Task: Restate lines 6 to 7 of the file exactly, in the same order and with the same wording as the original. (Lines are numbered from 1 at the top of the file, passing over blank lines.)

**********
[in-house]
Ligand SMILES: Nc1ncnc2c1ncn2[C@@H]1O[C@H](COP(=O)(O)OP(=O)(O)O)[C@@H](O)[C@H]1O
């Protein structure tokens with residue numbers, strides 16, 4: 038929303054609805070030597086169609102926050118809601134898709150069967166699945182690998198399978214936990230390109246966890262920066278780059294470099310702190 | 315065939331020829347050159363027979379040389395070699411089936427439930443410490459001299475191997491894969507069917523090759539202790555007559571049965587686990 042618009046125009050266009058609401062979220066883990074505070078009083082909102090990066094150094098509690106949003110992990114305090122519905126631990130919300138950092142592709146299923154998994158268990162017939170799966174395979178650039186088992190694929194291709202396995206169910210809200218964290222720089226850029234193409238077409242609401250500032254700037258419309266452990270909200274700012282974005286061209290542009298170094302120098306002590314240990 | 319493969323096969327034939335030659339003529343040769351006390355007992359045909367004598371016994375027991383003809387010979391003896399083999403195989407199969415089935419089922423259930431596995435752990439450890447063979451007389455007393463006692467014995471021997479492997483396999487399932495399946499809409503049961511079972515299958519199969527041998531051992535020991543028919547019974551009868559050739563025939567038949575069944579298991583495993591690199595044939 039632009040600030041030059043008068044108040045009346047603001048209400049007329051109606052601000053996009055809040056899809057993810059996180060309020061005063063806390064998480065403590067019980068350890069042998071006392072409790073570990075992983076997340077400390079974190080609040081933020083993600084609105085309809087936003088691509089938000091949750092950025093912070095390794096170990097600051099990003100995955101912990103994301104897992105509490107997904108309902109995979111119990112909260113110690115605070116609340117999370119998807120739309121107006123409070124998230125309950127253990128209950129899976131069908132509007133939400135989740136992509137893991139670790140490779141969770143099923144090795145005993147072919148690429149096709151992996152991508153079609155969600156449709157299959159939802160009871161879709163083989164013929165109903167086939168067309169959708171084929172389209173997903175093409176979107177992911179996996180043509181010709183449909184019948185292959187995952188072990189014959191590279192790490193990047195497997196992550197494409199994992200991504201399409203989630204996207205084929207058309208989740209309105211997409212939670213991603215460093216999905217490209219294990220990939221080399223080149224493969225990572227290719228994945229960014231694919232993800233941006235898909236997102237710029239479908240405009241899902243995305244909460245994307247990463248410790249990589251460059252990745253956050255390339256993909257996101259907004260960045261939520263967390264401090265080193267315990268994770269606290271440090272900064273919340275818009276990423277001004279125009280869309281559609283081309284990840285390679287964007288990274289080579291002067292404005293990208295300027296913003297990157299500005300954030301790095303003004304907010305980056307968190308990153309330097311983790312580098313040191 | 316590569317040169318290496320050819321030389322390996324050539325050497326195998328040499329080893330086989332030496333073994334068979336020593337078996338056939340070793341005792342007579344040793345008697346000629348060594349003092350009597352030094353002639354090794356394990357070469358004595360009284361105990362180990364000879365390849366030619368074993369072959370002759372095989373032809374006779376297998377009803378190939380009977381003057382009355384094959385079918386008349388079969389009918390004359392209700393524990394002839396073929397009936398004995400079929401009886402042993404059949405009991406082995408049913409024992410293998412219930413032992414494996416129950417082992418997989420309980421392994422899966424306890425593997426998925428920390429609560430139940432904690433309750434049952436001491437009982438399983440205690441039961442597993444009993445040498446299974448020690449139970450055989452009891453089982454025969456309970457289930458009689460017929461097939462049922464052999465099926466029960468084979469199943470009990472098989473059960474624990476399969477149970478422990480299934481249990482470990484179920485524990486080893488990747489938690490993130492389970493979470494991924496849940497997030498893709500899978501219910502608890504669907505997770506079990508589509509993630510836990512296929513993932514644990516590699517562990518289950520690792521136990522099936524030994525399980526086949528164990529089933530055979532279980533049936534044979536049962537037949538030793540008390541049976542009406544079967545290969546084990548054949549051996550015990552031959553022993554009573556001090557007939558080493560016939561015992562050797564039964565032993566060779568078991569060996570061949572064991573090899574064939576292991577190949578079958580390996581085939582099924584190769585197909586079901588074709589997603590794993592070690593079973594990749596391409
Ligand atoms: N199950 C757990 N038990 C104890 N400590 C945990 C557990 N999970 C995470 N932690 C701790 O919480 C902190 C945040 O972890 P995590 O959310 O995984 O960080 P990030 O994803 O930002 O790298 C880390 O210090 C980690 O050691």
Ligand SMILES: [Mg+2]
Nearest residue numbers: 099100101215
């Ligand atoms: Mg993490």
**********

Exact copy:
Nearest residue numbers: 099100101215
């Ligand atoms: Mg993490």